On a follow-up evening, the chef regaled us with seasonal dishes, starting with the silky sopa de calabaza, butternut squash soup like a bowl of noonday sun. Rich with heirloom carrots, squash and cream, and topped with neon orange guajillo chile oil, it was a table favorite. The cilantro-fragrant guacamole, made moments earlier in the molcajeta (mortar and pestle), was topped with fried kale. But main courses proved to be the highlight. Vegetarians will swoon over the massive milhojas de verduras, a veggie napoleon made with thin slices of eggplant, zucchini, tomatoes and mushrooms, and served with basil-jalapeño pesto and cotija cheese. One must not bypass the Chilean sea bass (sometimes called lubina), a massive 10-ounce portion of buttery, snowwhite fish. Topped with fresh corn puree and dusted with achiote (annatto spice) and chile caribe, the sweet, tender flesh is somewhere between lobster claw meat and fresh sea scallops. I suggest calling ahead and reserving a portion for your visit as it runs out fast. At our final (spontaneous) happy hour pop-in, the gracious manager, Jonathan McKinney, led

us through a couple of mezcal flights. While describing various types of agave, ripening age and fermentation methods, he proffered small plates of nibbles. First was a quesadilla of huitlacoche, a funky corn fungus often referred to as Mexican truffle. More pleasing to me were the croquetas, meatball-size orbs filled with mashed sweet plantains and manchego cheese, panko-fried and served atop a sweet, floral guajillo and morita mole rojo (red mole sauce with dried chiles). Three hours later, we were still there, sipping shot glasses of housemade verdita (a green juice accompaniment) and engrossed in discussions of clay pot versus copper distillation. It’s unlikely you’ll find an ambassador of Mexican cuisine in Atlanta on par with Casi Cielo. If you pay attention, you will be transformed and transported by the place and its cuisine; it wouldn’t surprise me if—having arrived with no Spanish language skills—you leave with words tripping mellifluously off your tongue. It’s mi oración (my prayer) that they stay put or even expand. Casi Cielo—almost heaven indeed. n

Above: Casi Cielo's alebrije (deconstructed cheesecake) is a subtle and nuanced take on a classic. Left: Casi Cielo's mezcal tastings come with verdita (a housemade green juice chaser), an orange slice and a fried grasshopper.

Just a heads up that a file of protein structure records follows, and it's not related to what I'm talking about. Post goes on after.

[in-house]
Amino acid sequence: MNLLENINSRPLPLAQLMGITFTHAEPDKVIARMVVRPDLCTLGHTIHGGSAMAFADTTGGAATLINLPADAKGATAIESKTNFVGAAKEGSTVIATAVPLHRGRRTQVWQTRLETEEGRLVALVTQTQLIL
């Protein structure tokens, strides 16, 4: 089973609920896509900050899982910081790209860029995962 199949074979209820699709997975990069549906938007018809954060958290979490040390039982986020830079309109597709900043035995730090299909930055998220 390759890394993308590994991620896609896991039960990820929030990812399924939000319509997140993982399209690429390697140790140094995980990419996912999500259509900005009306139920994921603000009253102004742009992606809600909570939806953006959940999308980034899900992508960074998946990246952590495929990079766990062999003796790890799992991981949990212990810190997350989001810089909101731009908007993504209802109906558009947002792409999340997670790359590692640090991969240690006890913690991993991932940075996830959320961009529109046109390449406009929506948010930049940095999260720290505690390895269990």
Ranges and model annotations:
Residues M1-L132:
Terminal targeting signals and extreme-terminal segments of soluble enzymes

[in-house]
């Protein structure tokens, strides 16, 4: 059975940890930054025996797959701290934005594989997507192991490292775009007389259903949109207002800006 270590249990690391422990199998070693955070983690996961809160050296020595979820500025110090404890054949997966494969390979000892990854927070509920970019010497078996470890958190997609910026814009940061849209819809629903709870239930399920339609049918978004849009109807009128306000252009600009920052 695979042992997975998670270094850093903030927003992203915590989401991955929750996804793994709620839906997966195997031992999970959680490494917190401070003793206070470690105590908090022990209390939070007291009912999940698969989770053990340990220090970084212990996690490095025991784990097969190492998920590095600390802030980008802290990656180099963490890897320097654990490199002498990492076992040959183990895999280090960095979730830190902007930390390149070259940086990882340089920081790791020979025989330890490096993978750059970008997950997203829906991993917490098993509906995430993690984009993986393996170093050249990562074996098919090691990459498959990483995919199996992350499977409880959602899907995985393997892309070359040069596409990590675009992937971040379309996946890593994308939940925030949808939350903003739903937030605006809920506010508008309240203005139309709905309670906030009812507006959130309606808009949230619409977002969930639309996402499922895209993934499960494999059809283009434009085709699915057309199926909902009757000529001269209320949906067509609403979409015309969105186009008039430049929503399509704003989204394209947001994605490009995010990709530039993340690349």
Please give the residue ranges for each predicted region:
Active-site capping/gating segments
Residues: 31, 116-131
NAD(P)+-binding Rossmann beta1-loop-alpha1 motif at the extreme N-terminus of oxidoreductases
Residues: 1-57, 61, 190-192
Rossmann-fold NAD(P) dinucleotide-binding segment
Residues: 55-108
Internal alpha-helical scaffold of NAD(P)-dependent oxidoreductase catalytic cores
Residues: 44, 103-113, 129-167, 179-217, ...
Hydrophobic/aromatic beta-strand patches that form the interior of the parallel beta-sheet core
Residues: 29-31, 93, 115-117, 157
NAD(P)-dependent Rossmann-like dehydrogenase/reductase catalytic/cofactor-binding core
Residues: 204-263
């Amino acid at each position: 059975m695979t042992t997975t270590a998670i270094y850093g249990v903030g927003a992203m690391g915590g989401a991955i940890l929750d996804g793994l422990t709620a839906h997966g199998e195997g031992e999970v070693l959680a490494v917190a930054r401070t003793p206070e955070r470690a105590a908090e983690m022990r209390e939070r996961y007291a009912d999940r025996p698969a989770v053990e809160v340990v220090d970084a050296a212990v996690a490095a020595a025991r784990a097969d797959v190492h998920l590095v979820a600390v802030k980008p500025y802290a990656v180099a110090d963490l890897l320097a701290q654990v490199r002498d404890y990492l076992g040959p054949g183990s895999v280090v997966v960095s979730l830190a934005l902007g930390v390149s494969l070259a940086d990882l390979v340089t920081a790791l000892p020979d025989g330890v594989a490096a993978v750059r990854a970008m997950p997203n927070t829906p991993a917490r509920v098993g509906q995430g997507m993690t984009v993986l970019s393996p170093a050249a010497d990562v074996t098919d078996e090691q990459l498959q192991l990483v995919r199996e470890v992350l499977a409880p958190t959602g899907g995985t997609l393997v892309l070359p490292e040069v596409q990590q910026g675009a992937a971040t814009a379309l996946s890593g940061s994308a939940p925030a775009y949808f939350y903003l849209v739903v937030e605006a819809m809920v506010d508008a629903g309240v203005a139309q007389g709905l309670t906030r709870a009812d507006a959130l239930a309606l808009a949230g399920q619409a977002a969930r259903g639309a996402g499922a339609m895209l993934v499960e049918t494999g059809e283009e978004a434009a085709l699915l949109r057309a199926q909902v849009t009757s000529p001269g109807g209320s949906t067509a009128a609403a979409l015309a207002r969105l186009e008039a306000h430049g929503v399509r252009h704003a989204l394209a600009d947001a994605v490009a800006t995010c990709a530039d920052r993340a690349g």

CASI CIELO 6125 Roswell Road, Suite 200, Atlanta 30328 404.549.9411 Prices: appetizers, soups and salads: $6 - $18; quesadillas, tacos and bowls: $12 - $18; main dishes: $15 - $43; desserts: $9. Recommended: charcoal-grilled octopus, butternut squash soup, portobello tacos, mahi-mahi tacos, plantain croquettes, vegetable napoleon, Chilean sea bass. Bottom line: As good as regional Mexican food gets in Atlanta, this neighborhood gem is a triple hit of winning staff, exquisite cuisine and gorgeous decor. What are you waiting for?

October 2020 | Simply Buckhead


Ian Mendelsohn


Above: A trio of rich flavors—sherry, apple jack brandy and cider—create an autumnal sipper at Alma Cocina. Left: Gin and cider play off each other in The Select’s Ceasefire.

Michael Kunz

Right: Local Three bridges the end of summer and beginning of fall in their Staycation cocktail.



t’s that time of year when we don our flannel, go apple picking and talk about colorful foliage. What better way to toast the coming of fall than incorporating the harvest into your drinking? Cider is the perfect seasonal ingredient for a cocktail, bringing sweetness, tang and spice notes to a glass. Cider, in most basic terms, is unfiltered apple juice. It is light, tart, often slightly fizzy and wholly refreshing. Primarily made from apples, hard cider has a similar brewing process to beer, but without the malt. There is a huge variation from how the brewing process is done, but it is the result of the fermenting of apple juice, whereby yeast converts sugar into alcohol. Apples with high sugar content encourage fermentation. Brewers typically use a blend of sweet and tart apple varieties for their ideal cider blend. As delicious as both virgin and hard cider are on their own, take things up a notch and try cider in a cocktail. Cider is made in a range of styles and flavors, giving way to many mixing op-


October 2020 | Simply Buckhead